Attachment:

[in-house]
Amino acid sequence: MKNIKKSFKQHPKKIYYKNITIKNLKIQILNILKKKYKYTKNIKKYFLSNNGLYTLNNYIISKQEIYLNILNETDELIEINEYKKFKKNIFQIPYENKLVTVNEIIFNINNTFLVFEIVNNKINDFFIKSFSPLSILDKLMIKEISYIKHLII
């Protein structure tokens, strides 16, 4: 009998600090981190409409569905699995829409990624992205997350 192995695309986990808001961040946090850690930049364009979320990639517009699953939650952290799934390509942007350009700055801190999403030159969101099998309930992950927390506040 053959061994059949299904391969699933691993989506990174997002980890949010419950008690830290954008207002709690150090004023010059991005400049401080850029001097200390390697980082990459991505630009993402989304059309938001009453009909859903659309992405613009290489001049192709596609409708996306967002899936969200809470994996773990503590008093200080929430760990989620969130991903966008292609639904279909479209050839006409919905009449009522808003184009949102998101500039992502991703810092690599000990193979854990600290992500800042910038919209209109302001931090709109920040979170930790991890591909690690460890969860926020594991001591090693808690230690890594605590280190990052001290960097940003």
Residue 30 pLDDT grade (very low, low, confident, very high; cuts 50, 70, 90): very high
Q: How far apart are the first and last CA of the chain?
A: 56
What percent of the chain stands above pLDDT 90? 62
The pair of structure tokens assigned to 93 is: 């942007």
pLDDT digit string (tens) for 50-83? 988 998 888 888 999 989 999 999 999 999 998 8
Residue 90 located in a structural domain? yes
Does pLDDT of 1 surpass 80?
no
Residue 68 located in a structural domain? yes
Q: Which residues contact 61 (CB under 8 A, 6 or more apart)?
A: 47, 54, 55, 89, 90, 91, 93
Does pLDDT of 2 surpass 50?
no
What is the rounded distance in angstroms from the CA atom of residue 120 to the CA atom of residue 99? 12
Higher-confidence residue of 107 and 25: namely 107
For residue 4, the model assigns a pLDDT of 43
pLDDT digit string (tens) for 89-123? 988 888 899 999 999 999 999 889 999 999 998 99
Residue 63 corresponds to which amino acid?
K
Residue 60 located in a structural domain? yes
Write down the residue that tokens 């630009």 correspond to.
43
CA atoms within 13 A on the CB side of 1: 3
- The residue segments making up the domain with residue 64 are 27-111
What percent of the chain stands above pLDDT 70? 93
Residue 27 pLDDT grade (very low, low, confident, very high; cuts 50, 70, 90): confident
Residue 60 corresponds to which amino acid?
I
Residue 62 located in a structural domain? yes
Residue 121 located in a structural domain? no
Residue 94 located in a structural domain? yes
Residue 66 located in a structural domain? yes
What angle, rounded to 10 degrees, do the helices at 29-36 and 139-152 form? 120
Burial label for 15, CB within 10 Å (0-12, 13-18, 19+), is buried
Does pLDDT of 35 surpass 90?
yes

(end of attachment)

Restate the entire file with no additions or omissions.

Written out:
[in-house]
Amino acid sequence: MKNIKKSFKQHPKKIYYKNITIKNLKIQILNILKKKYKYTKNIKKYFLSNNGLYTLNNYIISKQEIYLNILNETDELIEINEYKKFKKNIFQIPYENKLVTVNEIIFNINNTFLVFEIVNNKINDFFIKSFSPLSILDKLMIKEISYIKHLII
């Protein structure tokens, strides 16, 4: 009998600090981190409409569905699995829409990624992205997350 192995695309986990808001961040946090850690930049364009979320990639517009699953939650952290799934390509942007350009700055801190999403030159969101099998309930992950927390506040 053959061994059949299904391969699933691993989506990174997002980890949010419950008690830290954008207002709690150090004023010059991005400049401080850029001097200390390697980082990459991505630009993402989304059309938001009453009909859903659309992405613009290489001049192709596609409708996306967002899936969200809470994996773990503590008093200080929430760990989620969130991903966008292609639904279909479209050839006409919905009449009522808003184009949102998101500039992502991703810092690599000990193979854990600290992500800042910038919209209109302001931090709109920040979170930790991890591909690690460890969860926020594991001591090693808690230690890594605590280190990052001290960097940003």
Residue 30 pLDDT grade (very low, low, confident, very high; cuts 50, 70, 90): very high
Q: How far apart are the first and last CA of the chain?
A: 56
What percent of the chain stands above pLDDT 90? 62
The pair of structure tokens assigned to 93 is: 């942007």
pLDDT digit string (tens) for 50-83? 988 998 888 888 999 989 999 999 999 999 998 8
Residue 90 located in a structural domain? yes
Does pLDDT of 1 surpass 80?
no
Residue 68 located in a structural domain? yes
Q: Which residues contact 61 (CB under 8 A, 6 or more apart)?
A: 47, 54, 55, 89, 90, 91, 93
Does pLDDT of 2 surpass 50?
no
What is the rounded distance in angstroms from the CA atom of residue 120 to the CA atom of residue 99? 12
Higher-confidence residue of 107 and 25: namely 107
For residue 4, the model assigns a pLDDT of 43
pLDDT digit string (tens) for 89-123? 988 888 899 999 999 999 999 889 999 999 998 99
Residue 63 corresponds to which amino acid?
K
Residue 60 located in a structural domain? yes
Write down the residue that tokens 């630009």 correspond to.
43
CA atoms within 13 A on the CB side of 1: 3
- The residue segments making up the domain with residue 64 are 27-111
What percent of the chain stands above pLDDT 70? 93
Residue 27 pLDDT grade (very low, low, confident, very high; cuts 50, 70, 90): confident
Residue 60 corresponds to which amino acid?
I
Residue 62 located in a structural domain? yes
Residue 121 located in a structural domain? no
Residue 94 located in a structural domain? yes
Residue 66 located in a structural domain? yes
What angle, rounded to 10 degrees, do the helices at 29-36 and 139-152 form? 120
Burial label for 15, CB within 10 Å (0-12, 13-18, 19+), is buried
Does pLDDT of 35 surpass 90?
yes